Retirees set for average £26k tax-free pension lump sum
More than half of working age people plan to take advantage of pension freedom rules which allow them to withdraw 25% of their pension as a tax-free lump sum at retirement.
According to Aegon’s UK Readiness Report, on average, those aged 55-65 have £105,496 saved in their pension which could produce a one-off tax-free lump sum of around £26,000, just below the average UK salary.
One in six (17%) people accessing tax-free cash from their pension will put their savings into a cash ISA and 15% plan to put the money into a bank account.
A further 14% plan to use the money to take a holiday, 12% are thinking about purchasing a property and one in 10 will use the savings to clear debts.
Steven Cameron, pensions director at Aegon, said the ability to take up to 25% of pension pots tax-free has always been a popular option with retirees but they need to think carefully when deciding whether to take their maximum tax-free cash lump sum immediately or leave more of their money invested.
“For some people the cash received is vital to clear debts, perhaps pay off a mortgage or clear a credit card. However, not everyone needs it as soon as they retire and money left invested in the pension will continue to grow tax-free while also offering beneficial inheritance tax aspects.
“Cash ISA rates and returns on savings accounts are at all-time lows, with the combination of inflation and low interest rates effectively eating away at spending power from these accounts. Yet, nearly a third of people plan to put the money in a cash ISA or a bank account and this raises a red flag. Savers have worked their whole life to put money away so should be wary of leaving it languishing in bank accounts which aren’t returning the favour. Delaying taking it until they really need it might be a more sensible option.”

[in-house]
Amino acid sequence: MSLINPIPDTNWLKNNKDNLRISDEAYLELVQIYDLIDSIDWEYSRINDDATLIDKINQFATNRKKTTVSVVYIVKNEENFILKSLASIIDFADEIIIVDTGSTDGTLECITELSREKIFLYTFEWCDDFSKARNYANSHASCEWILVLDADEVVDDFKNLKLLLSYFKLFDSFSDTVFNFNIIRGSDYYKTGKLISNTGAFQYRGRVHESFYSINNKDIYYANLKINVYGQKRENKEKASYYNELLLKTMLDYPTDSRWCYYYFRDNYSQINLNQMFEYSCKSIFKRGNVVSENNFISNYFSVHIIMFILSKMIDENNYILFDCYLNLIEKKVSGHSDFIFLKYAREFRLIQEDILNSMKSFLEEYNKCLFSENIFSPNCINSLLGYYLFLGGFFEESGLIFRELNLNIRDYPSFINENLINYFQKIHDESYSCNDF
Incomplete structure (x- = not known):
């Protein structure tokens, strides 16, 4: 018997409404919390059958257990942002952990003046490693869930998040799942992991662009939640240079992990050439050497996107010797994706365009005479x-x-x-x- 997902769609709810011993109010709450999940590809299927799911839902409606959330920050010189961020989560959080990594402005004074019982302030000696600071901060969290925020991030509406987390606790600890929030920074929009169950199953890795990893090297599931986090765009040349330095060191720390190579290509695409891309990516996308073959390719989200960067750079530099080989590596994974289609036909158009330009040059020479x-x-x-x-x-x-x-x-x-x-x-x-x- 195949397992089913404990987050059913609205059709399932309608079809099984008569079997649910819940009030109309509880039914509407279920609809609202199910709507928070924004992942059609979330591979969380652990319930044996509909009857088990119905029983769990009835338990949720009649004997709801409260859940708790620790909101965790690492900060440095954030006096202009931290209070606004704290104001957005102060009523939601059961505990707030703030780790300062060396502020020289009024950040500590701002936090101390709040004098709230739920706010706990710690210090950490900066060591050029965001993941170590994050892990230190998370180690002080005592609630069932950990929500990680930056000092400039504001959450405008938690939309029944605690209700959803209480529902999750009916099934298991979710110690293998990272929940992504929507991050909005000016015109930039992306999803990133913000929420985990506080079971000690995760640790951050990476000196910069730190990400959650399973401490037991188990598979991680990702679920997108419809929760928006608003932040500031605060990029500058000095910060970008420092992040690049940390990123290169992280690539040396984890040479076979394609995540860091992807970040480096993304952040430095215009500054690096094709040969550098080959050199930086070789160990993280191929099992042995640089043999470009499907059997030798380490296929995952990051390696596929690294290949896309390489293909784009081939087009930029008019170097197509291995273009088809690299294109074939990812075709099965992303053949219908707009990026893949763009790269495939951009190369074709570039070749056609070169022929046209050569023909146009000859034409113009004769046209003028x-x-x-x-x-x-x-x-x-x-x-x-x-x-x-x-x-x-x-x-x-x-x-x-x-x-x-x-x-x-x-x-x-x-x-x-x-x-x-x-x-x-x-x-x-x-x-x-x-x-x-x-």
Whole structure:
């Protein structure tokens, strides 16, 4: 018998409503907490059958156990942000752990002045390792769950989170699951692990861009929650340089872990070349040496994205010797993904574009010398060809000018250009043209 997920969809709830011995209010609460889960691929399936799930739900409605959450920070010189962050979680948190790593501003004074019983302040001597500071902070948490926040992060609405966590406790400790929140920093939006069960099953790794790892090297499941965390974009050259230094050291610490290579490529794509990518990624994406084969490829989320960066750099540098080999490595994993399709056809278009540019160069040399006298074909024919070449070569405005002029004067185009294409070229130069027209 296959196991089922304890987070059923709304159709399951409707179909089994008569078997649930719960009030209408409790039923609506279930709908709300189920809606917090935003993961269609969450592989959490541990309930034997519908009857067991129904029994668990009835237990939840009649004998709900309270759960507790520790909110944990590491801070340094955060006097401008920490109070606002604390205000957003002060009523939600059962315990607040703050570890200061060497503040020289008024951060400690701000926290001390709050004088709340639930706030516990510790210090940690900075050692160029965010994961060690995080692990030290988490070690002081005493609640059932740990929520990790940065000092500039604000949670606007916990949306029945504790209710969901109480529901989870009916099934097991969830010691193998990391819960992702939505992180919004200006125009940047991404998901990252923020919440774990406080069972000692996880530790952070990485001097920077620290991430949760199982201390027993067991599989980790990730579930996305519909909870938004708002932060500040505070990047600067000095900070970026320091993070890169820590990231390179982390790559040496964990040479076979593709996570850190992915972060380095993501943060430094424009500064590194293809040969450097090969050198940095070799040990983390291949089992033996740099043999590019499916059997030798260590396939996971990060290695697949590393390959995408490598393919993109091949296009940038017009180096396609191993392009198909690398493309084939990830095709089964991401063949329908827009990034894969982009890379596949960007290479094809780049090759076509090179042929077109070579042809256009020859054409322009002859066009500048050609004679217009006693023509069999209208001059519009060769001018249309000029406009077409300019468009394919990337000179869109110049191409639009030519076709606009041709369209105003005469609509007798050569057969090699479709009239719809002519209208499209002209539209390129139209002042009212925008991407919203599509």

Key considerations before taking your tax-free cash lump sum
Here are Cameron’s pointers on what those approaching retirement should consider before taking their 25% tax-free lump sum:
- Check what kind of scheme your pension savings are held in. The rules for taking a tax-free lump sum are very different for Defined Benefit and Defined Contribution pension schemes.
- Do you need one large lump sum? If you can keep the money invested in your Defined Contribution pension and take smaller amounts each year, you may be able to opt for 25% of each of these payments to be tax-free and this has the added benefit that the remaining money will gain from any investment returns before you take it. You only have this option before you move your pension into an annuity or income drawdown product. Retirees thinking about this should check that their scheme or provider offers this and any associated fees.
- You may be entitled to a higher ‘protected’ percentage tax-free from some older types of pensions – check with your provider or scheme. This may affect how you decide to take your tax-free cash sum.
- Before you put the money in a bank account, review the current interest rates on savings accounts and cash ISAs and compare them to the potential investment returns on your pension savings. Pensions tend to be invested in stocks and shares. Remember, the value of an investment can fall as well as rise and isn’t guaranteed. You could get back less than you originally invested.
- Carefully consider inheritance planning in any decisions about your pension savings. As soon as money is accessed it is then subject to inheritance tax as part of a person’s estate but pension savings are treated differently. If death occurs before age 75 pension savings can be passed on tax-free and if over age 75, tax is paid at the income tax rate of whoever inherits the pension pot.
- This can be a complex area and getting it right can offer real benefits. We recommend seeking professional financial advice.